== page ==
As part of the activities that the FDA is undertaking with the ME/CFS community, they will be hosting a webinar

Excellence in Advocacy Webinar – November 15, 2012 (2pm-3pm EST)

 

http://www.fda.gov/Drugs/NewsEvents/ucm319188.htm

 

Hopefully more details will be available soon.

October 2012 CFSAC videos

(Sorry if these are not in order…. the last link is to a page that has all of the videos)

 

http://www.youtube.com/watch?v=4Zl2RX4URuI&feature=plcp Welcome & Opening Remarks (CFSAC Fall 2012)

http://www.youtube.com/watch?v=01hZYq4GMtI&feature=plcp Biomarkers – An Overview & Future Look (CFSAC Fall 2012)

http://www.youtube.com/watch?v=oIGpfvfFZ1w&feature=relmfu Public Comment on Day One – AM (CFSAC Fall 2012)

http://www.youtube.com/watch?v=buDxhejdg90&feature=plcp Agency Updates from HRSA, NIH, and FDA (CFSAC Fall 2012)

http://www.youtube.com/watch?v=IGASSh7YV3s&feature=plcp FDA & Drug Development (CFSAC Fall 2012)

http://www.youtube.com/watch?v=_fIEeQBdvxM&feature=plcp Public Comment on Day One – PM (CFSAC Fall 2012)

http://www.youtube.com/watch?v=Fs1A6KhHInU&feature=relmfu Committee Discussion & Plans for Day Two (CFSAC Fall 2012)

http://www.youtube.com/watch?v=PWBmqd8LDhg&feature=plcp Opening Remarks & Agency Updates (CFSAC Fall 2012)

http://www.youtube.com/watch?v=af_r5LiIjXQ&feature=relmfu Social Security Administration (CFSAC Fall 2012)

http://www.youtube.com/watch?v=qGb0U6EaI4o&feature=relmfu Public Comment on Day Two (CFSAC Fall 2012)

http://www.youtube.com/watch?v=MTHpny0u-XU&feature=relmfu ME/CFS Organizations (CFSAC Fall 2012)

http://www.youtube.com/watch?v=NFaXiiSdZqI&feature=relmfu A Path Forward (CFSAC Fall 2012)

http://www.youtube.com/watch?v=CO9bO-udcY0&feature=relmfu Finalize Recommendations (CFSAC Fall 2012)

http://www.youtube.com/user/USGOVHHS/videos?query=CFSAC Search results for “CFSAC”:

 

 

 

The public comment presented at the CFSAC meeting October 3 and 4, 2012 was strong, and some excellent points were made (some of them over and over again). Federal funding for ME/CFS research is pitifully small and the public comment by Ms. Janelle Wiley provided some interesting comparisons.

Ms. Wiley (who provided her comment by phone) has kindly given permission to share her public comment here:

“Hi, I cannot travel to speak to you in person but it’s Good to be with you by phone; thanks for your attention to ME/CFS. One thing that strikes me when listening to CFSAC meetings is that there is never any encouragement for any funding.

There is no reason under the sun why ME/CFS is not being funded like any other disease. Yes, I get that there is a budget crisis and we need to spend less on the national budget. But the amount being spent on our disease or disease spectrum–6 million dollars in a good year–is easily available to many state budgets. North Carolina spends 10 million on aquariums. The city of Glendale, Arizona, spent 23 million in outside counsel over 5 years, which is 4 million per year (we get that amount some years). California spend almost 45 million on new vehicles and almost 30 million on new furniture. New York is spending 50 million dollars on ads promoting its business policy. These aren’t necessarily bad projects; point is that our budget or even 5 times more is well within the reach of a much smaller body right now in this current economy.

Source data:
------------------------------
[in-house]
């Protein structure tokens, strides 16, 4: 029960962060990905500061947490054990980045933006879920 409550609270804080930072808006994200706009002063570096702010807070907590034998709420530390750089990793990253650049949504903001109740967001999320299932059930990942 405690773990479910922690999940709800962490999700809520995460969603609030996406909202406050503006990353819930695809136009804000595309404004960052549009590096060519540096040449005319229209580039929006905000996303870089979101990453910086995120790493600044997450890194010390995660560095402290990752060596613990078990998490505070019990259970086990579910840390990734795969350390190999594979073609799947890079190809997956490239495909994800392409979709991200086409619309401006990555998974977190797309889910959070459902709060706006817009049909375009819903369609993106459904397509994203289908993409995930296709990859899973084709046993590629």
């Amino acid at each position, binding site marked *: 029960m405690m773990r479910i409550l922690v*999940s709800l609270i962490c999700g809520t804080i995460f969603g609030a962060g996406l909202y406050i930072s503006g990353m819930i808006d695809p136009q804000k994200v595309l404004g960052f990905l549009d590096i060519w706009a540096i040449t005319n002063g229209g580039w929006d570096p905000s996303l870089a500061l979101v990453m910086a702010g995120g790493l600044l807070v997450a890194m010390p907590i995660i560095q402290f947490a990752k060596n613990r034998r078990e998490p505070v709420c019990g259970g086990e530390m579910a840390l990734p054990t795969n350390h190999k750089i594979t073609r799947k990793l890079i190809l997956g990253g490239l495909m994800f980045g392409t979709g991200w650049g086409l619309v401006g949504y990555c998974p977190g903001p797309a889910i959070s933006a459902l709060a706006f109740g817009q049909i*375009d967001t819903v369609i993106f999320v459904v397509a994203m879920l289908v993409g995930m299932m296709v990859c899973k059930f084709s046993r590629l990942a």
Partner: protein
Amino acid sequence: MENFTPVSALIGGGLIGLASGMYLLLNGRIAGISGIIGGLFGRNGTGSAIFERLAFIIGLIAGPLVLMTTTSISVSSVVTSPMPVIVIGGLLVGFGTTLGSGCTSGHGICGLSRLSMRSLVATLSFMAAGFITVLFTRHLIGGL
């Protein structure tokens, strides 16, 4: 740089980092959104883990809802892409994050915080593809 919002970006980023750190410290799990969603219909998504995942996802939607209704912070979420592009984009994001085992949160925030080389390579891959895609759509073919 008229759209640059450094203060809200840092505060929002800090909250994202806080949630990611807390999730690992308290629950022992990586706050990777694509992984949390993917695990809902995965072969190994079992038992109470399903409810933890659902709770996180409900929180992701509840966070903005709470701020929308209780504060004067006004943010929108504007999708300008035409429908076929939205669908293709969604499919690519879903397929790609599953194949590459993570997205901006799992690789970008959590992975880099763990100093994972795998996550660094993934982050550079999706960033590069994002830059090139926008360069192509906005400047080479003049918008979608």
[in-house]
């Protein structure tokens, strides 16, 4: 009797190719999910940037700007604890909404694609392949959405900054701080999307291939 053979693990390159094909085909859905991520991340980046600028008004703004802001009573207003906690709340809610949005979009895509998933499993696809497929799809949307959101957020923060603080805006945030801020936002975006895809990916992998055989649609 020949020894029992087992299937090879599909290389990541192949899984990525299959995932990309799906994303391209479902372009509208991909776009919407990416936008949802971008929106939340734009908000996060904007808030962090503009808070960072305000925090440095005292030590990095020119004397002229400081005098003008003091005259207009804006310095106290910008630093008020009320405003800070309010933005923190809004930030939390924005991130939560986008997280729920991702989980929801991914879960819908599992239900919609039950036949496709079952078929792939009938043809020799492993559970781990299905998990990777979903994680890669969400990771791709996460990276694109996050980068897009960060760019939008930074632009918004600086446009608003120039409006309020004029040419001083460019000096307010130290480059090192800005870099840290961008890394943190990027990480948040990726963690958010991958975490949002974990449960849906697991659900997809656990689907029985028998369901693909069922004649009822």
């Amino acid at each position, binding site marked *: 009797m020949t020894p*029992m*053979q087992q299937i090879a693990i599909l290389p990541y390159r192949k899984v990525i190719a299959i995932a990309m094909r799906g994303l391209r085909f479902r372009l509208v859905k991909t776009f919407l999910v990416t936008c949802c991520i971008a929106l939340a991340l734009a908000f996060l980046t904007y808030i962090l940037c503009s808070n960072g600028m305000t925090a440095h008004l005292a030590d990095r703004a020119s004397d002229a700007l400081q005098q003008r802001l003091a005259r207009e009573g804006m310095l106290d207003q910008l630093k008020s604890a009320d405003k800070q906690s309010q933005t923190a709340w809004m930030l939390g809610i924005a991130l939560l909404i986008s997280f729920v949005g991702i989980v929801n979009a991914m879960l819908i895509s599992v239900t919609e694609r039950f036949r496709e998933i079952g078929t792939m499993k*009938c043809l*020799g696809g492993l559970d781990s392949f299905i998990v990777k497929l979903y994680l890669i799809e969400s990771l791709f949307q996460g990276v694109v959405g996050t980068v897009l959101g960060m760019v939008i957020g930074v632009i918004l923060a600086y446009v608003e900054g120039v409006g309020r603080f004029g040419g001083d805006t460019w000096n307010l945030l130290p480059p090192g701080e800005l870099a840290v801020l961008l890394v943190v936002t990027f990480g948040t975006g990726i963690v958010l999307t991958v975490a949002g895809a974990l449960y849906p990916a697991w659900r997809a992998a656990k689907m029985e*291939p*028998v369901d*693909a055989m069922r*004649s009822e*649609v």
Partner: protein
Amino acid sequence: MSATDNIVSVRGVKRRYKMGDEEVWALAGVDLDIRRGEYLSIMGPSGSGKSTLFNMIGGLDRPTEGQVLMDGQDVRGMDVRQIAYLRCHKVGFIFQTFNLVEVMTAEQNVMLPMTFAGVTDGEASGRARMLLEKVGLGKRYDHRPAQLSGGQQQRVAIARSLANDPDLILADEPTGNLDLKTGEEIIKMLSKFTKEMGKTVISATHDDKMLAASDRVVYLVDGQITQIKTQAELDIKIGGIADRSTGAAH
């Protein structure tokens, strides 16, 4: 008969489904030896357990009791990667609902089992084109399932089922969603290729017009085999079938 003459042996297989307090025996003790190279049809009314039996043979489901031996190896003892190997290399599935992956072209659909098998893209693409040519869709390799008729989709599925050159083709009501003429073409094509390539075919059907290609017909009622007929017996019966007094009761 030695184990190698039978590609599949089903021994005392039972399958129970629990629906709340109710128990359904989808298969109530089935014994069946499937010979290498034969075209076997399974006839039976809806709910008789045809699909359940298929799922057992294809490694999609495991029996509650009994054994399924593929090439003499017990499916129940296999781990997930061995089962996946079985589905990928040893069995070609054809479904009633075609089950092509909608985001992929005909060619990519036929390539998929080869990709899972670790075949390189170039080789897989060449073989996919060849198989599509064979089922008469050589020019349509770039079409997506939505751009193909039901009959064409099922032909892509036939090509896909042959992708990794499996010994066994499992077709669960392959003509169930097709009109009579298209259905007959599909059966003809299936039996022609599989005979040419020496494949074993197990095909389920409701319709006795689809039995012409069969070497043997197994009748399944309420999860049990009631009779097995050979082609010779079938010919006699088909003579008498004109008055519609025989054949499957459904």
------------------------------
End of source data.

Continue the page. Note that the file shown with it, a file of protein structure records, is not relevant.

It is shameful that ME/CFS is basically not being funded.

Whatever model it is we are using to fund research, it should be applied to ME/CFS the same as to Lupus and cancer and Alzheimer’s, taking into consideration the burden and incidence of the disease.

I do not know what the hangup is, but it is not the sad state of the national budget. That’s just an excuse. Whatever the problem really is, please fix it. This is a very serious disease which isn’t being handled seriously at all. I don’t think the problem is in this room, but please talk to your uplines. Thanks.

In using funds to do studies, there are two main things that need to be addressed. One is the SEP panel. Typically it is staffed with mostly people who are mostly interested in psychogenic theories. These theories are not scientific—e.g. cannot be proven and do not consider alternate hypotheses or accept disproof—and have not yielded any useful ideas: they did not for Parkinson’s disease or multiple sclerosis, and they are not for fibromyalgia, TMJ, or ME/CFS. It is past time to consciously change the bias from the psychogenic to the biomedical.

The second is the definition. There has been a lot of talk about lumping and splitting. Both are appropriate methods of approaching a problem—to a point. But there is a point at which lumping becomes absurd. When you are no longer lumping “people who are similar to ME/CFS” together and you’re gathering “people whose doctors or researchers have not (or have not bothered to) figure out what’s actually wrong with them”, you’ve gotten to the absurd point.

There are multiple inclusion criteria for CFS or ME/CFS being used. It’s well known that the Oxford inclusion contains large numbers of people who can be diagnosed with other conditions. A Newcastle study demonstrates this. David Tuller wrote about it in the New York Times. We wrote about it in ME Analysis. It’s been mentioned here at CFSAC a lot. The Oxford inclusion identifies people who have longlasting fatigue of definite onset without requiring other symptoms. CDC says this is “idiopathic chronic fatigue” and not CFS. Yet the CDC, like most everyone else, makes heavy use of Oxford studies to decide what to do with ME and CFS patients. This is not science. It’s kind of, quackish. Many articles in the literature call attention to problems with this.